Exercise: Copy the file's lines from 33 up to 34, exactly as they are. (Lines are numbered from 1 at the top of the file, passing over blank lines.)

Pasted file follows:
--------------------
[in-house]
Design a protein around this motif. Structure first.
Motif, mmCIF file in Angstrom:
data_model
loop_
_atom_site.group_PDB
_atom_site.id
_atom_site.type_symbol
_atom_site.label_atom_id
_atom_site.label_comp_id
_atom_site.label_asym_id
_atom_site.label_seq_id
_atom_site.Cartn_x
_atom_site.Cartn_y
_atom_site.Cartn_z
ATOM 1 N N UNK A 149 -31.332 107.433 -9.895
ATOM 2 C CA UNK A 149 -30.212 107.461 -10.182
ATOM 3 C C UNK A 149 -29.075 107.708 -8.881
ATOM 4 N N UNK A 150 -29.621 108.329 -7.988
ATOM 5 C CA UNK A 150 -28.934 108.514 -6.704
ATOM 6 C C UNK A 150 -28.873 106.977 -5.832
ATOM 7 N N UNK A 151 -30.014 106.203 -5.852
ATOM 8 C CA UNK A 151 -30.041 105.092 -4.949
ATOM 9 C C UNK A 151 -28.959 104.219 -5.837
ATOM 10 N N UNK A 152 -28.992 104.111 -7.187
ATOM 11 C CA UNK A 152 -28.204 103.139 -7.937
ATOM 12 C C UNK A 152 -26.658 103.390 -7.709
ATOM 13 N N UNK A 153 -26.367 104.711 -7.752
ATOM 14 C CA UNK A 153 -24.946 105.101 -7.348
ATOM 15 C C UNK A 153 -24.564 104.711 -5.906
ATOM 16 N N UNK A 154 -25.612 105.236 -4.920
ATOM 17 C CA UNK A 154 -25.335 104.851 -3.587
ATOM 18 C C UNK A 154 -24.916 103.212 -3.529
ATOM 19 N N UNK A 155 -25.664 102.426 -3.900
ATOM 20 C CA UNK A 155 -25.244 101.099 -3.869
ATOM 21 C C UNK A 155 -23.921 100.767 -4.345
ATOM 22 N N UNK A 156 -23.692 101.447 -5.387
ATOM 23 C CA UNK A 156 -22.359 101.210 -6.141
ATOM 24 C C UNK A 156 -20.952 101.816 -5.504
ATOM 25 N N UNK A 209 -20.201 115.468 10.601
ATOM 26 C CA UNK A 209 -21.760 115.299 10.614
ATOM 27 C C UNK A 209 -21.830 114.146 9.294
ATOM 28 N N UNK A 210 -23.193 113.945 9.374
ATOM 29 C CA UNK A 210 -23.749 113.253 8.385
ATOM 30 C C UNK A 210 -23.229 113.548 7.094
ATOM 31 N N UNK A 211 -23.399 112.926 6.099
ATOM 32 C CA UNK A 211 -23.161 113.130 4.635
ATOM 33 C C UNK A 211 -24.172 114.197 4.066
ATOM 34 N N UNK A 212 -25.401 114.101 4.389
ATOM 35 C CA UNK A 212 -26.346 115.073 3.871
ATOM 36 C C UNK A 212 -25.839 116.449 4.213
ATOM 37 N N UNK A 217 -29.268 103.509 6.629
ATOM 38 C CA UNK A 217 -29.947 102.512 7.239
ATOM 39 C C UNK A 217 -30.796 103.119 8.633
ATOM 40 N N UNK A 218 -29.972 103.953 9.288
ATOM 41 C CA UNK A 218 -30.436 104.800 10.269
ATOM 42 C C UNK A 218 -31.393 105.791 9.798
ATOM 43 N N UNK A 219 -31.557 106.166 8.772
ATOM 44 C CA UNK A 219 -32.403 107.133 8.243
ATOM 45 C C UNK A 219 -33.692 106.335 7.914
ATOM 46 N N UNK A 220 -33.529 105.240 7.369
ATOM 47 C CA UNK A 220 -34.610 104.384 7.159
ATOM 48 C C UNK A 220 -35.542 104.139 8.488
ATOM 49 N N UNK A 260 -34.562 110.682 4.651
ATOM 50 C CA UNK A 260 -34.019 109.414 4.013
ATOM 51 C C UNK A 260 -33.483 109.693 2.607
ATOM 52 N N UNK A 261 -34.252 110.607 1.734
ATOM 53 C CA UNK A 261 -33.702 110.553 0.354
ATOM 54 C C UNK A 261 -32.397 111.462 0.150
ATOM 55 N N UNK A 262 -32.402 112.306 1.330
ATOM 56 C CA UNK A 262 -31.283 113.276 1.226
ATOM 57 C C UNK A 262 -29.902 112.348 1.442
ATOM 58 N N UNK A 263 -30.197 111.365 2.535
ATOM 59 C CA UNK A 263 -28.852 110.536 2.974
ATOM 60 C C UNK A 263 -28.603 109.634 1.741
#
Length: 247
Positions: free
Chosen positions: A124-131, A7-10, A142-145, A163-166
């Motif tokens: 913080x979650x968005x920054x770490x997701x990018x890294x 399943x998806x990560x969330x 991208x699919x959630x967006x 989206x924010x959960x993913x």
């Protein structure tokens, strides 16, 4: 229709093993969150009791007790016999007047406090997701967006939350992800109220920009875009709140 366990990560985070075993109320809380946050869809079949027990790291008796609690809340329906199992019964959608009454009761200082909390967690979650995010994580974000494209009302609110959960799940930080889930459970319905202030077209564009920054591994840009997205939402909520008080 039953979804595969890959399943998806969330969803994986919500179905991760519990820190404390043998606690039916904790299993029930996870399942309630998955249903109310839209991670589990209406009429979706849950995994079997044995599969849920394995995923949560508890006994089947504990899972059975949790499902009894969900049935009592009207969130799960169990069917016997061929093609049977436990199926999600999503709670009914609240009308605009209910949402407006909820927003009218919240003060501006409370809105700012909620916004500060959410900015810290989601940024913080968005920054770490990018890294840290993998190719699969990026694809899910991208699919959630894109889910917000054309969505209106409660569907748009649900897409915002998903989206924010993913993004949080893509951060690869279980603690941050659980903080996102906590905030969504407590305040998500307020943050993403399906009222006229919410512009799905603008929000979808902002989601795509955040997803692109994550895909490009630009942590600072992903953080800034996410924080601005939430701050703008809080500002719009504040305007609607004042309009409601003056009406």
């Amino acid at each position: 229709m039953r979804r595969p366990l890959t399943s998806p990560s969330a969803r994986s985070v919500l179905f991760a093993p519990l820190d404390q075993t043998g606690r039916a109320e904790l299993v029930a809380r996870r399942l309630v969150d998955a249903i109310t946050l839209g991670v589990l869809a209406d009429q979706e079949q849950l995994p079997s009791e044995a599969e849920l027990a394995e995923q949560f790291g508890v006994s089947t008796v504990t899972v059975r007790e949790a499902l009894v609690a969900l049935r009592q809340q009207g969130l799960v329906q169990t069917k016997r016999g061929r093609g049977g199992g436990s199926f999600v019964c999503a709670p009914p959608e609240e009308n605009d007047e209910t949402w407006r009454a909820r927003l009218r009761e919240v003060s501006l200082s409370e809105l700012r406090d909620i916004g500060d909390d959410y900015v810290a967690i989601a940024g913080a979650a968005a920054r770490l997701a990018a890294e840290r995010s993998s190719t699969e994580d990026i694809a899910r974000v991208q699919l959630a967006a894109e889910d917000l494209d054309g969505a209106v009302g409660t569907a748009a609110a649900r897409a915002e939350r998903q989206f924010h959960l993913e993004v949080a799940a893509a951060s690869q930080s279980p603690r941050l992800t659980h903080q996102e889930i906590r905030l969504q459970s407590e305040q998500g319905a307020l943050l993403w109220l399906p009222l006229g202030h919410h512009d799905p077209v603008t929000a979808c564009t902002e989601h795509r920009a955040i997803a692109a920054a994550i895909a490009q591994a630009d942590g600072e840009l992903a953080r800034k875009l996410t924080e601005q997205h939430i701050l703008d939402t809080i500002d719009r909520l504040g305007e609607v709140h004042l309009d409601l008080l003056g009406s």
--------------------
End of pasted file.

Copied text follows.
ATOM 18 C C UNK A 154 -24.916 103.212 -3.529
ATOM 19 N N UNK A 155 -25.664 102.426 -3.900